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Unsurprisingly, I scored Greens followed by PES followed by European Left/Nordic Greens.

Some of the questions seemed a bit woolly.

I've added our European Elections logo to your diary, pereulok. I hope you don't mind.

by afew (afew(a in a circle)eurotrib_dot_com) on Wed May 27th, 2009 at 05:59:21 AM EST
"I've added our European Elections logo to your diary, pereulok. I hope you don't mind. "

I don´t mind, of course.

"If you don't want a man unhappy politically, don't give him two sides to a question to worry him; give him one. Better yet, give him none." (Fahrenheit 451)

by pereulok on Wed May 27th, 2009 at 06:58:10 AM EST
[ Parent ]
I first got: Greens, then GUE/NGL, then PES. Then I hit back, and my results were lost, I re-did it... and GUE/NGL came out ahead of Greens.

*Lunatic*, n.
One whose delusions are out of fashion.
by DoDo on Wed May 27th, 2009 at 08:34:41 AM EST
[ Parent ]
My second test-taking was the 147th on the site. Party breakdown:

ALDE    16
EPP    15
GUE/NGL    16
ID    4
PES    33
Verts/ALE    63

*Lunatic*, n.
One whose delusions are out of fashion.

by DoDo on Wed May 27th, 2009 at 08:36:21 AM EST
[ Parent ]
Given this result, it worries me that 53% of test-takers would disagree with a ban on the transport of live animals (one of the uglier sides of Transalpine traffic in particular). Also that 54% don't understand/approve of parliamentarism/or can't even distinguish Commission and Council, and want a directly elected Commission President.

*Lunatic*, n.
One whose delusions are out of fashion.
by DoDo on Wed May 27th, 2009 at 08:40:41 AM EST
[ Parent ]
I felt that question needed a reminder that it was Commission President at issue, not the vaguely-understood Lisbon new Council President.
by afew (afew(a in a circle)eurotrib_dot_com) on Wed May 27th, 2009 at 08:45:57 AM EST
[ Parent ]
Well, my view is clear, I think, in my other post. The problem with European issues is that many of them would need a reminder... I passed the test to my mother, which I really consider an informed person, and I was surprised about the issues not related with EU procedires but with EU policies and recent debates that were new to her, or just did saw the point of treating them at European level.

I know this is a sociological fallacy example, but anyway...

(Sociological fallacy "fast" definition=taking one´s own experiences as representative and/or explicative of sociological trends)

"If you don't want a man unhappy politically, don't give him two sides to a question to worry him; give him one. Better yet, give him none." (Fahrenheit 451)

by pereulok on Wed May 27th, 2009 at 01:30:47 PM EST
[ Parent ]
Well, what would you suggest? Leave the uninformed voters out? That was one of the two main theoretical reasons why vote was related to a minimal income in the 19th Century (considering that in general property=education, on the one side, and that it you don´t have property shouldn´t be deciding on othr people's property, on the other).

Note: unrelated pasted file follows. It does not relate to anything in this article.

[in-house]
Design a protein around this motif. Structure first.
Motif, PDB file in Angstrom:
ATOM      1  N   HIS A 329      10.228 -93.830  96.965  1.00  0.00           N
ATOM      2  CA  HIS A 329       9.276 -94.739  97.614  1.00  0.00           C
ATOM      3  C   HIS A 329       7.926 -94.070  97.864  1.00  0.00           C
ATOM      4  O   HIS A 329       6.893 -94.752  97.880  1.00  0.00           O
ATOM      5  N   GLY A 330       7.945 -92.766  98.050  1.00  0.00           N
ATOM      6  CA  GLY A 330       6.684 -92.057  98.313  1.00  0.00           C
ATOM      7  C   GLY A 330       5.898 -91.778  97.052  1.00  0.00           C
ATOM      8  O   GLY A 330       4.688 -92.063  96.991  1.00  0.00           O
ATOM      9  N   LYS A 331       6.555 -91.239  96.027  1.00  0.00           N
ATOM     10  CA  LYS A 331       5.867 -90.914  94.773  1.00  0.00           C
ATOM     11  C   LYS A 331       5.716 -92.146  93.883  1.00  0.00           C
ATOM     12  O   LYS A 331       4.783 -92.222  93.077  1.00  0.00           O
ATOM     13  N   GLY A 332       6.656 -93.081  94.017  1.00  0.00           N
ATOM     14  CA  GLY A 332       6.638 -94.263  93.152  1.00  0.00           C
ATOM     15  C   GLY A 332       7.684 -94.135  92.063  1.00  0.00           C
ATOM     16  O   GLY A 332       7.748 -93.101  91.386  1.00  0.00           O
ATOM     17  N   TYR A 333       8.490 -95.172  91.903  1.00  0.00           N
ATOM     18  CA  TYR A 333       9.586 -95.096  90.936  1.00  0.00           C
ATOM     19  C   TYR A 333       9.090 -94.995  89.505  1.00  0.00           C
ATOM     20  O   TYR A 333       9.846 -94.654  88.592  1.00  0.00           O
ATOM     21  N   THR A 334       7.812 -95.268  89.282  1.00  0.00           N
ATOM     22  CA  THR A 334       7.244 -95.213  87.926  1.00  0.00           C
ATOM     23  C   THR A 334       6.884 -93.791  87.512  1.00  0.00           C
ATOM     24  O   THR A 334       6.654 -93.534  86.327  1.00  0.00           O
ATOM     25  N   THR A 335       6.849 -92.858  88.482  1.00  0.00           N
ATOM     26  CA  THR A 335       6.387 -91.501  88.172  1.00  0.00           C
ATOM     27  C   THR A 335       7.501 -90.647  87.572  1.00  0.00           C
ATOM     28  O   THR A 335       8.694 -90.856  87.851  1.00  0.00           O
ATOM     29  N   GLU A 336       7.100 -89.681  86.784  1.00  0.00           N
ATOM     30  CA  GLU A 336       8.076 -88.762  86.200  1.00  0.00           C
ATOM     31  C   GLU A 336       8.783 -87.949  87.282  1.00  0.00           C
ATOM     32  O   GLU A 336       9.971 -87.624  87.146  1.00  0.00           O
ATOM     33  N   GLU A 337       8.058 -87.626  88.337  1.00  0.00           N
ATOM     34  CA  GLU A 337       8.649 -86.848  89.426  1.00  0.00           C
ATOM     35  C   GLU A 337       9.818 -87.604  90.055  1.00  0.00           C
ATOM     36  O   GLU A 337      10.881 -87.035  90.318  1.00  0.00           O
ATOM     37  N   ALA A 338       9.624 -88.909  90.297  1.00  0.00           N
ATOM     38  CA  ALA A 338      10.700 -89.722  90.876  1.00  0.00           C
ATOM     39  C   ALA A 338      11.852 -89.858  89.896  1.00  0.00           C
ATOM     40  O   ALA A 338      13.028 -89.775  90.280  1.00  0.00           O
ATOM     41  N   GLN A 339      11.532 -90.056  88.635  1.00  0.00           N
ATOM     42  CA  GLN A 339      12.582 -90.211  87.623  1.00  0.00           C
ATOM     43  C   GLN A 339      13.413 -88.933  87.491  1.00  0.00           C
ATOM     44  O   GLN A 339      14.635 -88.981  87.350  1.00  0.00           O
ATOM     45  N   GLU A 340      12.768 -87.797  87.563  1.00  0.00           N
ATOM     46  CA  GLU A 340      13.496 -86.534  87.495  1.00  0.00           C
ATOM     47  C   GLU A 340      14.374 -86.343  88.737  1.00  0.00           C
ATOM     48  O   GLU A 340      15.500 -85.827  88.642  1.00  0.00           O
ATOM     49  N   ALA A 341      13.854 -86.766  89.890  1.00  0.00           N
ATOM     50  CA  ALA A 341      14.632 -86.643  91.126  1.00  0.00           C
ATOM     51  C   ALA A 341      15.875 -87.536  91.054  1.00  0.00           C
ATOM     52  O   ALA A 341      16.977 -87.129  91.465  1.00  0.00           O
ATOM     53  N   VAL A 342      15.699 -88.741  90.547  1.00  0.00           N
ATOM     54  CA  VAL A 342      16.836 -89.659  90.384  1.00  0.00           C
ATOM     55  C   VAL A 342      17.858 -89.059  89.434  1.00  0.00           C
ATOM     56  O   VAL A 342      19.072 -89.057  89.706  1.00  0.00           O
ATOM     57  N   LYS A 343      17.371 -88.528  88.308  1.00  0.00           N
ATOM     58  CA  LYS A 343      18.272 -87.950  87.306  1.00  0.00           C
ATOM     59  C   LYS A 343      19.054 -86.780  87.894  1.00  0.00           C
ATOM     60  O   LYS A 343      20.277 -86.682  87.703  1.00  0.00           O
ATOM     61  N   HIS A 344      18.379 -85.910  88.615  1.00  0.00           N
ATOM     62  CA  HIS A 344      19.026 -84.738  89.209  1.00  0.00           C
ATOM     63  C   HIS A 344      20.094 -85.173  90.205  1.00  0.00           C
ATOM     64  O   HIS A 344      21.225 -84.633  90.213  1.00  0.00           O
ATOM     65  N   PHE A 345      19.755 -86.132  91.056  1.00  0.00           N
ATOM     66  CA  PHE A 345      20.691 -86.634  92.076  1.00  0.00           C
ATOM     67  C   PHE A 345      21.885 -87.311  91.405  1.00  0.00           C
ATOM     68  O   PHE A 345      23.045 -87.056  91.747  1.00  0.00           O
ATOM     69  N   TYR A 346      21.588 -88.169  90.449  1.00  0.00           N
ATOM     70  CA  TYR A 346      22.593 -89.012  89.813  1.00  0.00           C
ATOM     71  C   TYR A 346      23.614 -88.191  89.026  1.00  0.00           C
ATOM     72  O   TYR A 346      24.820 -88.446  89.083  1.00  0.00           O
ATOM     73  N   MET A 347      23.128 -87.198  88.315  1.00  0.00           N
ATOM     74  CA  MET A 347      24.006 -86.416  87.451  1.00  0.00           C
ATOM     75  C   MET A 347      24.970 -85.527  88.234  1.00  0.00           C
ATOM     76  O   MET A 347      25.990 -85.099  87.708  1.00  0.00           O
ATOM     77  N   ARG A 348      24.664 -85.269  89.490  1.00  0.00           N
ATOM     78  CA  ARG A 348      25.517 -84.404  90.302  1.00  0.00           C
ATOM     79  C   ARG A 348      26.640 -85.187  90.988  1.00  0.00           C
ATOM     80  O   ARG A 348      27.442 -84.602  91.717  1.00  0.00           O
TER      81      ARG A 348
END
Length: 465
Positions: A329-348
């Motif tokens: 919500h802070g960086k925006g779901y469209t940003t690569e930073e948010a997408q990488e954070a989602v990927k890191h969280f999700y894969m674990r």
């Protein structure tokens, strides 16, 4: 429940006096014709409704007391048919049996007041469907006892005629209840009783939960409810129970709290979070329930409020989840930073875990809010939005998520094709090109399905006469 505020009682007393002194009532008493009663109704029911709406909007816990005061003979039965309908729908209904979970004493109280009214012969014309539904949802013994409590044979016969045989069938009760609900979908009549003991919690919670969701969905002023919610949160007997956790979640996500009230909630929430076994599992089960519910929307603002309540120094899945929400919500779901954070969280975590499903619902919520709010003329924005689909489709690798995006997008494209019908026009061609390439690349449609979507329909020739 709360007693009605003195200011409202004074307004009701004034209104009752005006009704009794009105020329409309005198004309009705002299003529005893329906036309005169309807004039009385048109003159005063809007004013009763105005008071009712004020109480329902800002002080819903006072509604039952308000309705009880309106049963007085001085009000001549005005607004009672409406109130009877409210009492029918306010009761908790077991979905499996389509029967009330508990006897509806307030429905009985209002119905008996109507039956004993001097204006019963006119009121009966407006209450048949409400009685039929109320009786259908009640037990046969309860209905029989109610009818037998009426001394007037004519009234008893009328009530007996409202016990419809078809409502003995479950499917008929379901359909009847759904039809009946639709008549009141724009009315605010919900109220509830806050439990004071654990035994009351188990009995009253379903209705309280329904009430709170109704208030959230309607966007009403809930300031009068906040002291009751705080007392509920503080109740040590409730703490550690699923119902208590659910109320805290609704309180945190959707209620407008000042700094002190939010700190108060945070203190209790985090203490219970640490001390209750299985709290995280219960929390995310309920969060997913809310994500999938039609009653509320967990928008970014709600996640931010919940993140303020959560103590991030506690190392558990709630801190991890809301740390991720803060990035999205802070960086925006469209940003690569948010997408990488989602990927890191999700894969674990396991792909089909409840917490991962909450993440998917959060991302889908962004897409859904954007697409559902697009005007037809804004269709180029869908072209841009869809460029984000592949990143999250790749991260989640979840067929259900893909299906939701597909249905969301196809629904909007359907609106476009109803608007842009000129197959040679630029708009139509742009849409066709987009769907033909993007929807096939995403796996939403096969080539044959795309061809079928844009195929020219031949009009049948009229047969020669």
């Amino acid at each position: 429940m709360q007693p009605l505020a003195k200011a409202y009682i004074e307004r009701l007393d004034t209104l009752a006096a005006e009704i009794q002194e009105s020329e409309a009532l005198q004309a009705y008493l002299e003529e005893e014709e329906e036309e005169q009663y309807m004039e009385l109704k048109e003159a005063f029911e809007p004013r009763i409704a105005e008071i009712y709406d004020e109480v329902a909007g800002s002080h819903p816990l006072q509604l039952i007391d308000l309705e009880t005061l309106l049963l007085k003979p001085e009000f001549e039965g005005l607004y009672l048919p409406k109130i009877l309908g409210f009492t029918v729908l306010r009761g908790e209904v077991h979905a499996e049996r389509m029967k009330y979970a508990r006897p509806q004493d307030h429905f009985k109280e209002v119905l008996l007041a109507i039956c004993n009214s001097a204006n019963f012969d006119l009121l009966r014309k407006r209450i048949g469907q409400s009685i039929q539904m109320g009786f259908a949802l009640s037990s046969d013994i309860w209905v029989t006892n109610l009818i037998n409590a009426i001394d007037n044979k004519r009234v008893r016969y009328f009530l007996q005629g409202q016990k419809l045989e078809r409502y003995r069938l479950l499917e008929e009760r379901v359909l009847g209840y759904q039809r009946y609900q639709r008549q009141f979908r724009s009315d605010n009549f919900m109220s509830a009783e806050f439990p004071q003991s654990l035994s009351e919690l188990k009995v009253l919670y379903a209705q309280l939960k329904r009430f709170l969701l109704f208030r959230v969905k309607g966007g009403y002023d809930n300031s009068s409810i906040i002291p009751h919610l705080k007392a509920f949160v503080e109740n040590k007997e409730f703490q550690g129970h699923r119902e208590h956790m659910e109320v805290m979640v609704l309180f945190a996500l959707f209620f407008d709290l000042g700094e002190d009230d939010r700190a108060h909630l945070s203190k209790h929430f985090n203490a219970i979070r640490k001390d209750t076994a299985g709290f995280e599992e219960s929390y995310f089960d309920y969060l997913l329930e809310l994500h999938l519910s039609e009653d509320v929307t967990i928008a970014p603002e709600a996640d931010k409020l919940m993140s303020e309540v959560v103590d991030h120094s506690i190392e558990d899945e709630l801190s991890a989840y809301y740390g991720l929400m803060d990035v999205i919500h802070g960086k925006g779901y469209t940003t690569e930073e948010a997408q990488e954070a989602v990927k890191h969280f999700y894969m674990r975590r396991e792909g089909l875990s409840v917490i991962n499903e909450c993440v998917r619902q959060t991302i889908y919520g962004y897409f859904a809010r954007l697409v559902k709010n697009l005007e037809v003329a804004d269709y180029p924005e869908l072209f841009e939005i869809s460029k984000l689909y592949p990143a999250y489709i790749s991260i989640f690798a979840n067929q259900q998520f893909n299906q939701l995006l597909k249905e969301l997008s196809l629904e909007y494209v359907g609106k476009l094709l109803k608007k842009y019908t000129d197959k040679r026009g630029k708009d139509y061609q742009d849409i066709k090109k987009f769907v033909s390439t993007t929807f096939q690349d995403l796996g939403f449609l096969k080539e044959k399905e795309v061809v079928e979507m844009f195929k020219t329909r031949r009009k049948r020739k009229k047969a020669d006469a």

I´m exagerating, I know you don´t mean that, but...

I mean, let´s be fair, European Union has a very deep citizenship problem, with most of the Europeans uninformed AND uninterested. Democratization of institutions must be done taking into account this situation, that in fact helps options 1) based in demagogic discourses easy to understand and feel; 2) with very good marketing campaign; and 3) based in national -NOT European- issues [Spain example, agree or not with Zapatero anticrisis plan]

What EU can do is:

  1. Try to be democratic but, wit resoect of the development of European political culture, not expecting too much in few time.
  2. Promote European political culture. HOWEVER: EU political system (if you can consider it so, I still don´t) is being built in a sociopolitical context of general desinterest about politics. Don´t expect citizens that don´t believe in "sound", "long-lasting" political systems to be emotionally and even rationally involved in a political system (the European) that copy liberal democracy schemes, just in a bigger scope and with more complicated procedures. EU system isn´t nowadays something in which development you can see the way out of the crisis of liberal democracy.


"If you don't want a man unhappy politically, don't give him two sides to a question to worry him; give him one. Better yet, give him none." (Fahrenheit 451)
by pereulok on Wed May 27th, 2009 at 01:23:21 PM EST
[ Parent ]
Well, what would you suggest? Leave the uninformed voters out?

I'm not suggesting anything, I'm just worried by the prevalence of such views even in an apparently Green-tilted sample.

*Lunatic*, n.
One whose delusions are out of fashion.

by DoDo on Wed May 27th, 2009 at 01:42:42 PM EST
[ Parent ]
..where I note that one that

  1. I didn't have a (big) problem with the majority views on the other 23 questions,

  2. regarding the second of the two worrying me, I am very much aware that Presidentism/royalism (as a popular personification of politics) is popular in the general populace of almost every democratic unit, whether they actually have it or have something else (i.e. parliament-based PM and/or direct democracy).


*Lunatic*, n.
One whose delusions are out of fashion.
by DoDo on Wed May 27th, 2009 at 01:47:54 PM EST
[ Parent ]
Well, transport of animals across borders is kind of a wooly issue. In Denmark, you can barely go two hundred km without hitting a border, after all, while in Germany or France, you can go a thousand km or more and never see one.

A cap on the duration of transport of live animals (and regulation of the ways they are transported) would make more sense.

- Jake

Friends come and go. Enemies accumulate.

by JakeS (JangoSierra 'at' gmail 'dot' com) on Thu May 28th, 2009 at 06:26:19 PM EST
[ Parent ]

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